• void SetStyle(DWORD dwStyle) This method allows the user to specify how the control should be painted.
    • SP_USE_PBS_STYLE - Use default CProgressCtrl painting routine
    • SP_BLOCK_STYLE - Use the class's paint routine to display status blocks
    • SP_SMOOTH_STYLE - Use the class's paint routing to display smooth status
    • SP_SHOWPERCENT - Used with SP_SMOOTH_STYLE or SP_BLOCK_STYLE to indicate the percent completed showed be displayed
    • SP_SHOWMSG - Used with SP_SMOOTH_STYLE or SP_BLOCK_STYLE to indicate the user will provide text to be displayed
  • void SetNumBlocks(UINT nNumBlocks) This method allows the user to specify the number of blocks that should be displayed when the style is SP_BLOCK_STYLE
  • void SetMessage(LPCSTR lpszMsg) This method allows the user to specify the text to display in the progressbar

CStatusDlg

CStatusDlg is a class that provides a modeless dialog container for a CStatusControl. It is provided as a means to place the CStatusControl into a separate window.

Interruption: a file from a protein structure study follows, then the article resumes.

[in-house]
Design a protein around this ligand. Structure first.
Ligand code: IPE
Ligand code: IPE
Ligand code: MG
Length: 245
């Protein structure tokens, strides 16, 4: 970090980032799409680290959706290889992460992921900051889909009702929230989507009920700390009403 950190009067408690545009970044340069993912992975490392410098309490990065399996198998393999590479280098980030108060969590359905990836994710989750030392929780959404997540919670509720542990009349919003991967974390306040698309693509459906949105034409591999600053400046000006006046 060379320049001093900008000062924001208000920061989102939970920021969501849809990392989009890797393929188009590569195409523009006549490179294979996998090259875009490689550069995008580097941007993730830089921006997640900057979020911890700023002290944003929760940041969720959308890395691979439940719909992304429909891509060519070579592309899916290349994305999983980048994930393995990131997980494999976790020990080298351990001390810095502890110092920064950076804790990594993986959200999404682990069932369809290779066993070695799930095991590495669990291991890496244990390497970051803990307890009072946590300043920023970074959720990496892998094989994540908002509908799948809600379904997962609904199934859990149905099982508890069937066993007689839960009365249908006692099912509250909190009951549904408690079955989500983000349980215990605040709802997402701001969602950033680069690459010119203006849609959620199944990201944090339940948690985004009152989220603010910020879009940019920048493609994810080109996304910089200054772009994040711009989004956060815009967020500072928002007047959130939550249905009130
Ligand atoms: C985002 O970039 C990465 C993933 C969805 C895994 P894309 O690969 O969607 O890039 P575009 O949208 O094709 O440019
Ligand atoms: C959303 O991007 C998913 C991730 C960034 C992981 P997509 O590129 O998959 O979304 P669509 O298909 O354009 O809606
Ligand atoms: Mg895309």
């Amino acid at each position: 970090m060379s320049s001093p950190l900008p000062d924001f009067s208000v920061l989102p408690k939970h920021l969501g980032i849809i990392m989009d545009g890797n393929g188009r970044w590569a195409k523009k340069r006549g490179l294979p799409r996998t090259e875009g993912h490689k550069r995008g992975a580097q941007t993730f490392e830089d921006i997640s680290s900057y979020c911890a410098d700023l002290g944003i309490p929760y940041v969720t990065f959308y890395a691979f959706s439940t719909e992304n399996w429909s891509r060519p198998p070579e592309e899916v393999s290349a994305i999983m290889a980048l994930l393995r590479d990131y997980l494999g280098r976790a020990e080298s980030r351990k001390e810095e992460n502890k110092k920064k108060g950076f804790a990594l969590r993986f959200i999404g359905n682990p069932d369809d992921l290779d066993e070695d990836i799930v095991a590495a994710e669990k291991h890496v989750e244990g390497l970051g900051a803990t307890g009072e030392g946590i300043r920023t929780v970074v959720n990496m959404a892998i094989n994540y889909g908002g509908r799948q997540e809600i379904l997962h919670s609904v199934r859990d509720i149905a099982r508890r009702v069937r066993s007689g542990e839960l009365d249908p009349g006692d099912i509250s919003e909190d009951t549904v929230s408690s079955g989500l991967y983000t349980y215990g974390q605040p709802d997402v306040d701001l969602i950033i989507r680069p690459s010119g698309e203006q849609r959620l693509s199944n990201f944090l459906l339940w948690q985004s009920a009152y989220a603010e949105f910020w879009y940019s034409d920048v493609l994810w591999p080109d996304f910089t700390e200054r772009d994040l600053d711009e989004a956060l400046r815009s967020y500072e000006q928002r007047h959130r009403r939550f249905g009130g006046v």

• void DoModeless(CWnd* pParent = NULL, LPCSTR lpszTitle = "", DWORD dwProgressStyle = SP_USE_PBS_STYLE, UINT nNumBlocks = 0, LPCSTR lpszText = "") This method creates a modeless dialog box containing a status control.
  • CStatusControlPtr GetStatusControlPtr(); This method returns the status control contained in the dialog.
  • void SetSteps(int nNumSteps, CStatusProgress& retSubProgress); This method simply forwards the request to the contained status control.
  • void Reset(void); This method simply forwards the request to the contained status control.
  • void Cancel(void); This method simply forwards the request to the contained status control.
  • BOOL IsCancelled(); This method simply forwards the request to the contained status control.

Example of usage

    ...
    ...
    int nNumberOfSteps = 100;

    // Create and display the status control...